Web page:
Reply
      • 5/3/2010 at 3:52 pm
        Permalink

        Kurt, I thought you were allergic to veggies?

        Reply
    • 4/30/2010 at 8:31 am
      Permalink

      Alicia: I didn’t! For whatever reason, I wasn’t feeling it. Perhaps it was the weekly drive to Cheshire (not really on the way to anything). But it might have also just been my being to lazy to sign up.

      Reply
      • 4/30/2010 at 12:19 pm
        Permalink

        It sounds like this service: http://www.ctffe.com/FFExpress/Welcome.html addresses would be the perfect merger of both worlds! This NYT article describes it as a “conceptual cross between Stop & Shop’s Peapod and a personal shopper delivering Connecticut-grown and -produced items literally to people’s doors year round” http://www.nytimes.com/2008/10/12/nyregion/connecticut/12dinect.html?pagewanted=print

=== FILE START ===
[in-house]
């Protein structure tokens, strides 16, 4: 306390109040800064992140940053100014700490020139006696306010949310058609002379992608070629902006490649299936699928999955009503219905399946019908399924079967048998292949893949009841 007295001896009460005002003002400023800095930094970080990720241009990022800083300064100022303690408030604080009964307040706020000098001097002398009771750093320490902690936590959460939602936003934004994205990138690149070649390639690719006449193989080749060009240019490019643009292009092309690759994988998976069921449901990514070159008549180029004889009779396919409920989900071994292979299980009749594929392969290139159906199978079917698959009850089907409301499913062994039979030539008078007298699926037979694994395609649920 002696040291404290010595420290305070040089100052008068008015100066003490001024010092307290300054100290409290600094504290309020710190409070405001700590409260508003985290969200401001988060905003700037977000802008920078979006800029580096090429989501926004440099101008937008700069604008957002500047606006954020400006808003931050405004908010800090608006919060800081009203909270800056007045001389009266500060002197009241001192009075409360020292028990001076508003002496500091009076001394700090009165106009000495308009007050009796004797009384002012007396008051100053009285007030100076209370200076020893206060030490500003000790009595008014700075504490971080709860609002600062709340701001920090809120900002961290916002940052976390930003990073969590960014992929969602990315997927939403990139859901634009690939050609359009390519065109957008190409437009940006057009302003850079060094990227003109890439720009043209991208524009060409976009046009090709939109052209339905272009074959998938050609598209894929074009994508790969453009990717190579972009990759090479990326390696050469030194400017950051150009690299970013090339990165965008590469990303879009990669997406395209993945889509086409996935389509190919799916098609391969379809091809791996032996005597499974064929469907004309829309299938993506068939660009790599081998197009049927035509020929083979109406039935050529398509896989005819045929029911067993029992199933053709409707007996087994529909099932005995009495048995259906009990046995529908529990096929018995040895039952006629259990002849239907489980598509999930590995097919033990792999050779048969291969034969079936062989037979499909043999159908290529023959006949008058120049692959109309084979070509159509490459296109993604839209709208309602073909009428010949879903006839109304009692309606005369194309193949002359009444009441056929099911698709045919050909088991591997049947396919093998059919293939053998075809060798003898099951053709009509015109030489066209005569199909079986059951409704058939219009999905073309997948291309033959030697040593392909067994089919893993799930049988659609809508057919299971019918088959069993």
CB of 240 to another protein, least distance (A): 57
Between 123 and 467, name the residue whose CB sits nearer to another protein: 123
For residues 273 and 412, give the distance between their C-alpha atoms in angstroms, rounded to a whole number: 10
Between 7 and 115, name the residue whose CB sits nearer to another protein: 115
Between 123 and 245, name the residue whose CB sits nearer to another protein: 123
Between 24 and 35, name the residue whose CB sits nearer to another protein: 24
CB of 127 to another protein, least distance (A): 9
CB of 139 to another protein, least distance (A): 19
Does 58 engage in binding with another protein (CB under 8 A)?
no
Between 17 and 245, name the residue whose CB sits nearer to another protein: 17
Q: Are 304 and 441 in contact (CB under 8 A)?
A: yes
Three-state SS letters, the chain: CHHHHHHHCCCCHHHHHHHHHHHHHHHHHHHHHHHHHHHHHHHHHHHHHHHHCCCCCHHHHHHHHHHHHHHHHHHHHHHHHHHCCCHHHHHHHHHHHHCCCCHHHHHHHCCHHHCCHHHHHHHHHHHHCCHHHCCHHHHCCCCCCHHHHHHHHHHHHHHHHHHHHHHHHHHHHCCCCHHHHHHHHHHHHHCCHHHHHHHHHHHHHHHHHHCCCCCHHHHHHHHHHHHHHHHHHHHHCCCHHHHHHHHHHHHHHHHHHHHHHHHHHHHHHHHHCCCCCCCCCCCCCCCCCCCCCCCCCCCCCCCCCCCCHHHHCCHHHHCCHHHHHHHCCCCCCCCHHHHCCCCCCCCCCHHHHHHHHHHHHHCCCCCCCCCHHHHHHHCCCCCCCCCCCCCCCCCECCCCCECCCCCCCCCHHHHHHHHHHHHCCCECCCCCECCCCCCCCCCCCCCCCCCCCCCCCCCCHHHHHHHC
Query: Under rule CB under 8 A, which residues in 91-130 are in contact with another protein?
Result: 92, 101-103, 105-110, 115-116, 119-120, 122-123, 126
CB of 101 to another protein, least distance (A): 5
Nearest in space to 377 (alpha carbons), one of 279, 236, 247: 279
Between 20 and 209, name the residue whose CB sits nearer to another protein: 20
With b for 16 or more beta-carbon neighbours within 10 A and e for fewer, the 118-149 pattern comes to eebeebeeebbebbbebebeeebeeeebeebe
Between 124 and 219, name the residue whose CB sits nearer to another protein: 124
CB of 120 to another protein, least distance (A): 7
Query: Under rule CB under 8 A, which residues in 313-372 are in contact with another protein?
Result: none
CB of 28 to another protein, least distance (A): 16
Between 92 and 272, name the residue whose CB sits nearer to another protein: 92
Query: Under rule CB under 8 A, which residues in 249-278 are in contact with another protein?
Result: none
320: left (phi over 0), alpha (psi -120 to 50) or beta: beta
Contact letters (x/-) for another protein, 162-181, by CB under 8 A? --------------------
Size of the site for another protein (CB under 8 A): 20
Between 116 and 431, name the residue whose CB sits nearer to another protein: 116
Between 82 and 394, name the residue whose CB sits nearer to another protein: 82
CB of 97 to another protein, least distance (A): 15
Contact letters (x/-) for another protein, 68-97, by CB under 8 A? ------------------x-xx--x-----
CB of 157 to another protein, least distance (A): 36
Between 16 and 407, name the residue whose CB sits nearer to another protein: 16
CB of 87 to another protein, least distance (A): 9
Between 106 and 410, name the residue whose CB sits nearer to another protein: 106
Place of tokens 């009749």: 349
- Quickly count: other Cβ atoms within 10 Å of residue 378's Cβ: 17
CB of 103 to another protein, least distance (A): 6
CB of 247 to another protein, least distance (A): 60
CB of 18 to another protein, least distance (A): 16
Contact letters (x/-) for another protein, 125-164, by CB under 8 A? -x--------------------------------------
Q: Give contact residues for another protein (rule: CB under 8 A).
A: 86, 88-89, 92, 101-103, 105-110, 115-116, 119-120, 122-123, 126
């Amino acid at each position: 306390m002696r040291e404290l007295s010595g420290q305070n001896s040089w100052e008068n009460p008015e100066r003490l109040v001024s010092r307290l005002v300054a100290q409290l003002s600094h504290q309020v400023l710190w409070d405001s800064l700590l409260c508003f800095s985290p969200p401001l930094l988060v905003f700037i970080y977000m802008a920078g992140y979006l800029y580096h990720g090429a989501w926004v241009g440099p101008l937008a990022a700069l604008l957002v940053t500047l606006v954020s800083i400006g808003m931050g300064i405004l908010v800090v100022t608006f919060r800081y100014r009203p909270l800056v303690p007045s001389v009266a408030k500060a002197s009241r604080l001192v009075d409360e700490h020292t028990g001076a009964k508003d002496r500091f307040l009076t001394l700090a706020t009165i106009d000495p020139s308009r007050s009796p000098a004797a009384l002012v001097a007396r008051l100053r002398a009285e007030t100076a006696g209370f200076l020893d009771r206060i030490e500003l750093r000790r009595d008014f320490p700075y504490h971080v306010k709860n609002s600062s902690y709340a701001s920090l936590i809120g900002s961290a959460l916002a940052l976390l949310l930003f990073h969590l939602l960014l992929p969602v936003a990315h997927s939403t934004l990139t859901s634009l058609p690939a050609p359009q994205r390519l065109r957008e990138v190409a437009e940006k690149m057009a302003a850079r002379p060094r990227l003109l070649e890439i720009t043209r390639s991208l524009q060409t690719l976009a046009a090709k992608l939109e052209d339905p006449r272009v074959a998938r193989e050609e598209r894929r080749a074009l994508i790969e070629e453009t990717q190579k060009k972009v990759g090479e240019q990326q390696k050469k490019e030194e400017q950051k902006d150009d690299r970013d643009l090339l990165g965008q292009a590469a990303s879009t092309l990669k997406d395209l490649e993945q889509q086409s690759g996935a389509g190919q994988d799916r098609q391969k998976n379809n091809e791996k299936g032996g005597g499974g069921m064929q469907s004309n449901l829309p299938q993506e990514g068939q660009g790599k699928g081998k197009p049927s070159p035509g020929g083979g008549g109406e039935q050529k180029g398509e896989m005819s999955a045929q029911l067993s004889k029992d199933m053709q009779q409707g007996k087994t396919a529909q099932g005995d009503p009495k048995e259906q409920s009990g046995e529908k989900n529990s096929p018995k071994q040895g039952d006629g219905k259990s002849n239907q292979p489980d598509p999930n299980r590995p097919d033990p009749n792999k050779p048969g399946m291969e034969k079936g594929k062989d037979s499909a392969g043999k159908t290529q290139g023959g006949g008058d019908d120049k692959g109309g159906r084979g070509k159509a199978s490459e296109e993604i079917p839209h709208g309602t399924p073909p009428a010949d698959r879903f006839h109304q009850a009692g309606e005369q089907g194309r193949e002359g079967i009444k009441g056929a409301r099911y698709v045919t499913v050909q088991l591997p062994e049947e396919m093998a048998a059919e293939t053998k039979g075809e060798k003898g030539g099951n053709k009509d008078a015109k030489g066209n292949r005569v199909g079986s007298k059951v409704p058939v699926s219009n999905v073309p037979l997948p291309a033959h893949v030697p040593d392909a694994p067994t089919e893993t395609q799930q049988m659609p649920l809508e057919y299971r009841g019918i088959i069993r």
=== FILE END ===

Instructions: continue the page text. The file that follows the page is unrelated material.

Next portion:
I really like shopping because its a chance to explore new foods… but my preference would be to spend my time at a farmer’s market than in a store.

        Reply
      • 4/30/2010 at 1:08 pm
        Permalink

        Hey Mike, I just left this really long comment with links to many CT CSAs, some near your work, and one in Meriden. Did it disappear into the black hole of the internet?

        PS I also said that you were indeed lazy

        Reply
  • 4/29/2010 at 11:05 pm
    Permalink

    Hannaford FTW!!! Back when it was Shop-n-Save, I fell in love. The legacy continues…
    Jon Abad is a wise man, what with running the internet and all…

    Reply

Leave a Reply to Chris T Cancel reply

Your email address will not be published. Required fields are marked *